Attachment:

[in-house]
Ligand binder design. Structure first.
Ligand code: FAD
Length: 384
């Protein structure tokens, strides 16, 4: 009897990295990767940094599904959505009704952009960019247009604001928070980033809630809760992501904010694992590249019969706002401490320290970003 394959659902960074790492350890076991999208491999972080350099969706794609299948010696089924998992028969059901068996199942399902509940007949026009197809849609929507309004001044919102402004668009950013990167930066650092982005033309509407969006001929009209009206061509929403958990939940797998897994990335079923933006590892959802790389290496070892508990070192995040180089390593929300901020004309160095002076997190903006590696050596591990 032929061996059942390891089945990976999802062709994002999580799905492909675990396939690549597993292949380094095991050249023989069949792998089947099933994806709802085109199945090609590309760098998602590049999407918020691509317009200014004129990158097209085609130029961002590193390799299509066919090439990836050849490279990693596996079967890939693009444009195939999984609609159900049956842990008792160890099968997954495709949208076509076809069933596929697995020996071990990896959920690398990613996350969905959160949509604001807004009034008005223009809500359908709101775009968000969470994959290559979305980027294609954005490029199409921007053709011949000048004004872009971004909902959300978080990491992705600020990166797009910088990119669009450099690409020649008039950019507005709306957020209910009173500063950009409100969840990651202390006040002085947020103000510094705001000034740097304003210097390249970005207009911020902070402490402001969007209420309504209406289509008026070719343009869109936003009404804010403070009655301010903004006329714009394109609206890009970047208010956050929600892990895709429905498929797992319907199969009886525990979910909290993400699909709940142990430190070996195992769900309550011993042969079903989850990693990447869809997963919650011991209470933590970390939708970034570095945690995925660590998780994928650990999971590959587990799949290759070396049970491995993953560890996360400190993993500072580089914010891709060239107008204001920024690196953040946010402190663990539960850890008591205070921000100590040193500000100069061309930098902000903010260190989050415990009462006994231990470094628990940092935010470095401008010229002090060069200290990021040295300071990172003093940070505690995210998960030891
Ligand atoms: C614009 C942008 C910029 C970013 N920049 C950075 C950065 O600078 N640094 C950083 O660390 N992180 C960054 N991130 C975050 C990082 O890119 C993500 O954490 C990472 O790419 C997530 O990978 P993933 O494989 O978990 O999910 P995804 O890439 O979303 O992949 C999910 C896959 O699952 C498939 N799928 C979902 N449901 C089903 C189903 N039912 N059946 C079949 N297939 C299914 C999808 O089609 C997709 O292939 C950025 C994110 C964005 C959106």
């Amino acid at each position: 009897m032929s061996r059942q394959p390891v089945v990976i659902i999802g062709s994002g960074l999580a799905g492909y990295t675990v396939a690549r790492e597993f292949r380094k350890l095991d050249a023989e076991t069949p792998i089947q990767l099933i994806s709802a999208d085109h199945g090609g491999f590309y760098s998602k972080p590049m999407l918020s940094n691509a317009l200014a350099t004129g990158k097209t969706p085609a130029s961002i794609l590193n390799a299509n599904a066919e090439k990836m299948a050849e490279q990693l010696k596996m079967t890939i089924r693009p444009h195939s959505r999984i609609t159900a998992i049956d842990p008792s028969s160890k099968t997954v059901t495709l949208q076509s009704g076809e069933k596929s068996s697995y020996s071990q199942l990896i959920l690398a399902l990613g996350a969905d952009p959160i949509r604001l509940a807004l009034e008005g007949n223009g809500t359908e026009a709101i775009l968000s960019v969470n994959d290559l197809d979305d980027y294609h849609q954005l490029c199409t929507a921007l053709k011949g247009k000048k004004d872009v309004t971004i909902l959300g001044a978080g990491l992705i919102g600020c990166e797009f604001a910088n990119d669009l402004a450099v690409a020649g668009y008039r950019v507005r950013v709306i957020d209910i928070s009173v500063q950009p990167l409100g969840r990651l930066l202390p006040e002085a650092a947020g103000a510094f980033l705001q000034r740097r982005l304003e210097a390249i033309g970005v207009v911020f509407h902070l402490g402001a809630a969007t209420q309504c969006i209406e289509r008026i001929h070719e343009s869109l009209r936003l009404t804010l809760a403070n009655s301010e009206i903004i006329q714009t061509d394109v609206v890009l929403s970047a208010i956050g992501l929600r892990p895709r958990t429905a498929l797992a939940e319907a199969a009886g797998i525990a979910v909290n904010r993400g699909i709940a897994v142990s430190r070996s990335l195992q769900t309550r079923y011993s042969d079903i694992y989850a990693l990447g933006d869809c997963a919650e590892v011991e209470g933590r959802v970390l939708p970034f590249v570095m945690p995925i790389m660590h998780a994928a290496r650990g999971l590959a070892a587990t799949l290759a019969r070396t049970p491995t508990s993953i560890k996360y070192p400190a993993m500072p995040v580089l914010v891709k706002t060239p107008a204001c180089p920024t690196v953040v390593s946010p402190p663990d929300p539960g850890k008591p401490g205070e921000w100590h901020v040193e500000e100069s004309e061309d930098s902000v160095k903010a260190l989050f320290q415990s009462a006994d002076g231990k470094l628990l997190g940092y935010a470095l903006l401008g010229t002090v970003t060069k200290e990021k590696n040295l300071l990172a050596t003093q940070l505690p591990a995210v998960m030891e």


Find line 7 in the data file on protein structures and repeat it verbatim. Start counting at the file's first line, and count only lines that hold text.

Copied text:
């Amino acid at each position: 009897m032929s061996r059942q394959p390891v089945v990976i659902i999802g062709s994002g960074l999580a799905g492909y990295t675990v396939a690549r790492e597993f292949r380094k350890l095991d050249a023989e076991t069949p792998i089947q990767l099933i994806s709802a999208d085109h199945g090609g491999f590309y760098s998602k972080p590049m999407l918020s940094n691509a317009l200014a350099t004129g990158k097209t969706p085609a130029s961002i794609l590193n390799a299509n599904a066919e090439k990836m299948a050849e490279q990693l010696k596996m079967t890939i089924r693009p444009h195939s959505r999984i609609t159900a998992i049956d842990p008792s028969s160890k099968t997954v059901t495709l949208q076509s009704g076809e069933k596929s068996s697995y020996s071990q199942l990896i959920l690398a399902l990613g996350a969905d952009p959160i949509r604001l509940a807004l009034e008005g007949n223009g809500t359908e026009a709101i775009l968000s960019v969470n994959d290559l197809d979305d980027y294609h849609q954005l490029c199409t929507a921007l053709k011949g247009k000048k004004d872009v309004t971004i909902l959300g001044a978080g990491l992705i919102g600020c990166e797009f604001a910088n990119d669009l402004a450099v690409a020649g668009y008039r950019v507005r950013v709306i957020d209910i928070s009173v500063q950009p990167l409100g969840r990651l930066l202390p006040e002085a650092a947020g103000a510094f980033l705001q000034r740097r982005l304003e210097a390249i033309g970005v207009v911020f509407h902070l402490g402001a809630a969007t209420q309504c969006i209406e289509r008026i001929h070719e343009s869109l009209r936003l009404t804010l809760a403070n009655s301010e009206i903004i006329q714009t061509d394109v609206v890009l929403s970047a208010i956050g992501l929600r892990p895709r958990t429905a498929l797992a939940e319907a199969a009886g797998i525990a979910v909290n904010r993400g699909i709940a897994v142990s430190r070996s990335l195992q769900t309550r079923y011993s042969d079903i694992y989850a990693l990447g933006d869809c997963a919650e590892v011991e209470g933590r959802v970390l939708p970034f590249v570095m945690p995925i790389m660590h998780a994928a290496r650990g999971l590959a070892a587990t799949l290759a019969r070396t049970p491995t508990s993953i560890k996360y070192p400190a993993m500072p995040v580089l914010v891709k706002t060239p107008a204001c180089p920024t690196v953040v390593s946010p402190p663990d929300p539960g850890k008591p401490g205070e921000w100590h901020v040193e500000e100069s004309e061309d930098s902000v160095k903010a260190l989050f320290q415990s009462a006994d002076g231990k470094l628990l997190g940092y935010a470095l903006l401008g010229t002090v970003t060069k200290e990021k590696n040295l300071l990172a050596t003093q940070l505690p591990a995210v998960m030891e």